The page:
Learning from a talented photographer

Courage & desperation in Vietnam, 2011, (c) Colleen Briggs

One of my great joys in joining the blogging community is connecting with talented artists all over the world. I enjoy following the blog of Otto von Munchow, a photographer and workshop teacher based out of Norway and Seattle. I learn a great deal from him, especially from his very generous offer to critique photos from readers: In Flow Picture Critique.

I submitted the above image to him, and below is his critique as well as my response, and another photo from the same day – I wonder if the second image is stronger?

Otto’s critique

This is a very nice picture of a sisters and nieces (at least as the name of the picture indicates). The older girl looks straight into the camera, while the two younger siblings (?) look away in different directions, one seemingly content and the other somewhat more grumpy. I feel a close intimacy between them, enhanced by the physical closeness as well as by the obvious trust and confidence between the three (although the older girl looks a little sceptically at the photographer). It’s a very sweet triple portrait. The one thing I wish for is some more space around the three kids. As you have framed it now, you cut off the shoulder to the right, the arm to left and the foot in the bottom of the image. It becomes a little too tight and cramped in my eyes (but others may disagree with me – so go with it if you agree or just disregard this part if you don’t agree. After all it’s you and only you how know what is «right» or «wrong»). It would also give more space in the direction the two younger kids are looking. The moment is maybe not the strongest. I don’t know how long you stayed with the three kids, but when shooting these kinds of situations you just have to spend time with the subject. Stay and stay even longer while you keep shooting. I mean spend half an hour or more. At least. You have captured a sweet moment as it is, but something really magical could have come out of the situation if you had only waited longer, something that made the three of them relate to or interact more with each other. I few thoughts on processing: I think the faces would benefit from a bit of increased contrast – or even better if you work in Lightroom; a little increase in clarity. I would also have darkened the left arm of the white t-shirt on the kid to the left; as it is now it’s too washed out. If you in addition darkened the edge of the frame, the viewer will focus more on the faces. Finally I might add a touch of a warm tone, for me it seems like the white balance is a little bit off. But maybe, again, this is the way you like it, so who I am to tell. It’s no doubt a really lovely portrait of three kids. I really like it.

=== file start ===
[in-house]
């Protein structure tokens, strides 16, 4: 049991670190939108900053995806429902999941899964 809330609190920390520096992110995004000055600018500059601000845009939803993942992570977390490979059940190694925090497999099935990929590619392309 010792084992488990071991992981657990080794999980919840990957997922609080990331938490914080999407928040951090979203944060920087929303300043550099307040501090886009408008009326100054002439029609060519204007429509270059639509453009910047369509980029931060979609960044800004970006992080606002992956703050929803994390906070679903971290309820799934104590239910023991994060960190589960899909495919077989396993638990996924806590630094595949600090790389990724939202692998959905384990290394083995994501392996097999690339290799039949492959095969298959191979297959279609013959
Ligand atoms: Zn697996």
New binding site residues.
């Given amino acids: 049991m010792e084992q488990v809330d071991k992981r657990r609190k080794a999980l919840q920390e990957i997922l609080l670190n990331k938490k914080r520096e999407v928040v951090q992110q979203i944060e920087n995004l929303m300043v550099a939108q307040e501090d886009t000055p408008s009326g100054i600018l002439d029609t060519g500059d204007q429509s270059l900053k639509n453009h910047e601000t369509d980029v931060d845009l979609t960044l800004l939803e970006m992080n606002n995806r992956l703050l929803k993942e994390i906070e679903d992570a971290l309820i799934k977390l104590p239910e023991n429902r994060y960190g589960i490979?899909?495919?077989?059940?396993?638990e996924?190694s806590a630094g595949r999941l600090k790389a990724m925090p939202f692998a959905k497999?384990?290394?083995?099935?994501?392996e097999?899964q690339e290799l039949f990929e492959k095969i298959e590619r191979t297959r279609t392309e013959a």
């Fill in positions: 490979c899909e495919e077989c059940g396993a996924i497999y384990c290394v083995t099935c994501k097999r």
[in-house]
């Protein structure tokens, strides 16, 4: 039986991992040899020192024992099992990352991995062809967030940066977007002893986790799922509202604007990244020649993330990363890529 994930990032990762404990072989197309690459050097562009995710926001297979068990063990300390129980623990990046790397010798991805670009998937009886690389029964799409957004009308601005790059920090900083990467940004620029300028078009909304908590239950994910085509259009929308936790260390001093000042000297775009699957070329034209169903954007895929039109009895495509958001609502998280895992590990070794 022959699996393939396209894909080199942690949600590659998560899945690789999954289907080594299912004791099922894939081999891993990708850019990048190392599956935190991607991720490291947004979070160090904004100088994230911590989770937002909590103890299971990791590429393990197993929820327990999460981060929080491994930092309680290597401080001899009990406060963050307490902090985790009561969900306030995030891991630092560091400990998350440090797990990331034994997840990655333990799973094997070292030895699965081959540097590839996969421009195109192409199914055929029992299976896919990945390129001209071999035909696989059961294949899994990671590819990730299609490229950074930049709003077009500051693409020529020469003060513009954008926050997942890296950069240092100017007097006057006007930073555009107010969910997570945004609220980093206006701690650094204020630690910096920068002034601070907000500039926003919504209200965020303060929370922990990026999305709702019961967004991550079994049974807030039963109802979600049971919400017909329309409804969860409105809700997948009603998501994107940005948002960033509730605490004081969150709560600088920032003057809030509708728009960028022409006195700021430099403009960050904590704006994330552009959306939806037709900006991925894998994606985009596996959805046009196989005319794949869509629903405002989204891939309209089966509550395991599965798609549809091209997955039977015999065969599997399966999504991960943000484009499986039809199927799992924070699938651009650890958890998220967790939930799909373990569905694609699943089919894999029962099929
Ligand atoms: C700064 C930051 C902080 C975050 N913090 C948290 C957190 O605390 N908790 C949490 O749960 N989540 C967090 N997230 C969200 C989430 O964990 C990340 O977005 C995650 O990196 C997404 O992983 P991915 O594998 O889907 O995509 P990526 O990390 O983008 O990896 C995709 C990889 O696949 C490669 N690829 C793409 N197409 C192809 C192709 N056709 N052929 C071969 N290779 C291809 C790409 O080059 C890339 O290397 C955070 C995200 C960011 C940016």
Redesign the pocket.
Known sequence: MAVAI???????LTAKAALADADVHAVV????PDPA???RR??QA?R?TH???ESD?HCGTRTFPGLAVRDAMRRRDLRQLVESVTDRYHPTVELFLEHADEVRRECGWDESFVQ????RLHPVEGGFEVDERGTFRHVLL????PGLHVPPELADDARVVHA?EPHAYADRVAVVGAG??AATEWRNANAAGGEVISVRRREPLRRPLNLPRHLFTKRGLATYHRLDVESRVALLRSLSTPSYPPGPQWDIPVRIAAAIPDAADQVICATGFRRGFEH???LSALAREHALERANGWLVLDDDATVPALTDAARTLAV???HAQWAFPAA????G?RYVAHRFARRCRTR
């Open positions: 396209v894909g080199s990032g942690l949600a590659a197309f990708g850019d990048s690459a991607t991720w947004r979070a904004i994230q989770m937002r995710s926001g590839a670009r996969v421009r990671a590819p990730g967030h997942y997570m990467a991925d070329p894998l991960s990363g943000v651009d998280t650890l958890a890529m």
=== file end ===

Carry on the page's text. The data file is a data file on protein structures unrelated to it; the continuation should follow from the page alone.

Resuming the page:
My Reply

Thank you so much Otto! I really appreciate this input. I absolutely agree with your advice to include more space and clues around the people as to their situation. I’ve sensed this intuitively, but now feel empowered with your recommendation. I was shooting with a zoom lens at the time and wish I had not cropped it so close.

The oldest female is actually the mother of the younger two girls, and we were interviewing the mother concerning her younger sister’s (age about 8) inclusion in an orphan home. Their mother passed away in a mountain accident; and in the matriarchal society, this young woman was now head of household of her own two children and four or five younger siblings. I was struck by the mother’s dignity and love for the younger people around her, and yet her desperation. As you mentioned, I wanted to capture the intimacy of the three and yet the disintegration because of their situation.

All of your input would have made a better image, and I will learn from it for the next opportunity I hope I will have. You are so kind and generous to help others grow as artists. Many thanks!

Maybe this is a better image?

I wonder if this is a stronger image? My heart broke for this brave young woman – I wanted to capture her courage against insurmountable odds. With all that her own family was going through, she was deeply concerned for three recently-orphaned neighbor boys whose mother died in childbirth.

trying to find a way through, 2011, Vietnam (c) Colleen Briggs

trying to find a way through, 2011, Vietnam (c) Colleen Briggs

3 thoughts on “Learning from a talented photographer

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